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Chinese weather satellite begins relaying images

Fengyun-1D, the meteorological satellite launched into orbit early yesterday, has started to send back cloud maps to Earth.

Dong Chaohua, an official from the State Satellite Meteorological Center, said his center has received the satellite’s first map.

“The imaging is clear, showing that the instruments installed on Fengyun-1D, the communication links between the satellite and Earth and the ground-applied systems, are all working properly,” Dong said.

Fengyun-1D, the first generation meteorological satellite developed by China, is one of the two new satellites China successfully launched at 9:50 am (Beijing time) yesterday on a Long March 4 rocket. It lifted off from the Taiyuan Satellite Launch Center in North China’s Shanxi Province.

The other satellite is Haiyang-1, the first marine surveying satellite independently developed by China.

Technicians said the Haiyang-1 satellite used visible light and infrared spectral coverage to probe water temperature and was equipped with remote sensors to transfer digital and image messages back to Earth.

Zhang Yongwei, chief designer of Haiyang-1, said new technology was used in five areas of the satellite’s design and development. They include freezing by mechanical means and using an independent axle drive to propel two solar wings.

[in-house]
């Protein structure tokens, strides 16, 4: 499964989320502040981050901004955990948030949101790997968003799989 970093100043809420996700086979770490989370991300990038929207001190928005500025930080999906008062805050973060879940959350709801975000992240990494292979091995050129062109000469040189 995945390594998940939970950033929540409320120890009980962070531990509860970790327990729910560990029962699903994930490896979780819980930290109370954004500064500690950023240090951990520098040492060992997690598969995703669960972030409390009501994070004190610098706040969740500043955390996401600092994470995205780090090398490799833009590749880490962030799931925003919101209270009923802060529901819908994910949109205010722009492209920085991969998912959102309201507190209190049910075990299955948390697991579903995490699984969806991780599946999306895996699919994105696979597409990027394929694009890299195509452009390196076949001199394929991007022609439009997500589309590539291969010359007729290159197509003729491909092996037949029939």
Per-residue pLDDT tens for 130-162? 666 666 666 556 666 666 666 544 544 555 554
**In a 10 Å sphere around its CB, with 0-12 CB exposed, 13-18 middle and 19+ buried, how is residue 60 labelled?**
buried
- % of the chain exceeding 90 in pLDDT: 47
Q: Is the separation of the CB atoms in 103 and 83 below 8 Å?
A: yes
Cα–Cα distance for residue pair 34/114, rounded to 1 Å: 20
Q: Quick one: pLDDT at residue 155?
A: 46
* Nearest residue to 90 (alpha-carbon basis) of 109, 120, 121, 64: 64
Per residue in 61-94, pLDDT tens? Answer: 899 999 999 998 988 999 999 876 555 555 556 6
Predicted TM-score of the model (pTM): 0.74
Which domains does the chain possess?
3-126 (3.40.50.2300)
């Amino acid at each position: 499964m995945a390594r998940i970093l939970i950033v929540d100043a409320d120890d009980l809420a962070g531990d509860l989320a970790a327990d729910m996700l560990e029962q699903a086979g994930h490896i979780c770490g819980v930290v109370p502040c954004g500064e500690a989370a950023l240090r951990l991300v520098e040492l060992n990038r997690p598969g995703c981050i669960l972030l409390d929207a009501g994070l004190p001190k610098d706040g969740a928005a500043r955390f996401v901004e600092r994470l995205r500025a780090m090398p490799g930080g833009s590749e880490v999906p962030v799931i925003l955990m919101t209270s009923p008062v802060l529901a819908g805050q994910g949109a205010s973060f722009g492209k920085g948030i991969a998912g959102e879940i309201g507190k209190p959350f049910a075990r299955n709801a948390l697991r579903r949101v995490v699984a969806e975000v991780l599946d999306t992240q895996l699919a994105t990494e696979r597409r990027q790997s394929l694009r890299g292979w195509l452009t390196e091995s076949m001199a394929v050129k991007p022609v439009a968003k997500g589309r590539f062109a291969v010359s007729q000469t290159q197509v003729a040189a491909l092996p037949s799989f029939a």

The technological breakthroughs have enabled Haiyang-1 satellite to reach an internationally advanced level, Zhang said.

Compared with foreign satellites, Haiyang-1’s fairly complete spectral coverage and co-existence of visible light and infrared remote sensing enables it to obtain more precise data about the colour of the ocean and the temperature of the surface.

Experts said the successful launch of the two satellites will help China speed up its meteorological research and promote national economic development.

Statistics show that the error of launch precision with the carrier rocket is less than 1,000 meters, far below the error benchmark allowed.

China had so far successfully launched 12 kinds of Long March rockets and had just finished research on two new rockets awaiting test launches, said Zhang Qingwei, general manager of the China Aerospace Science and Technology Company Group.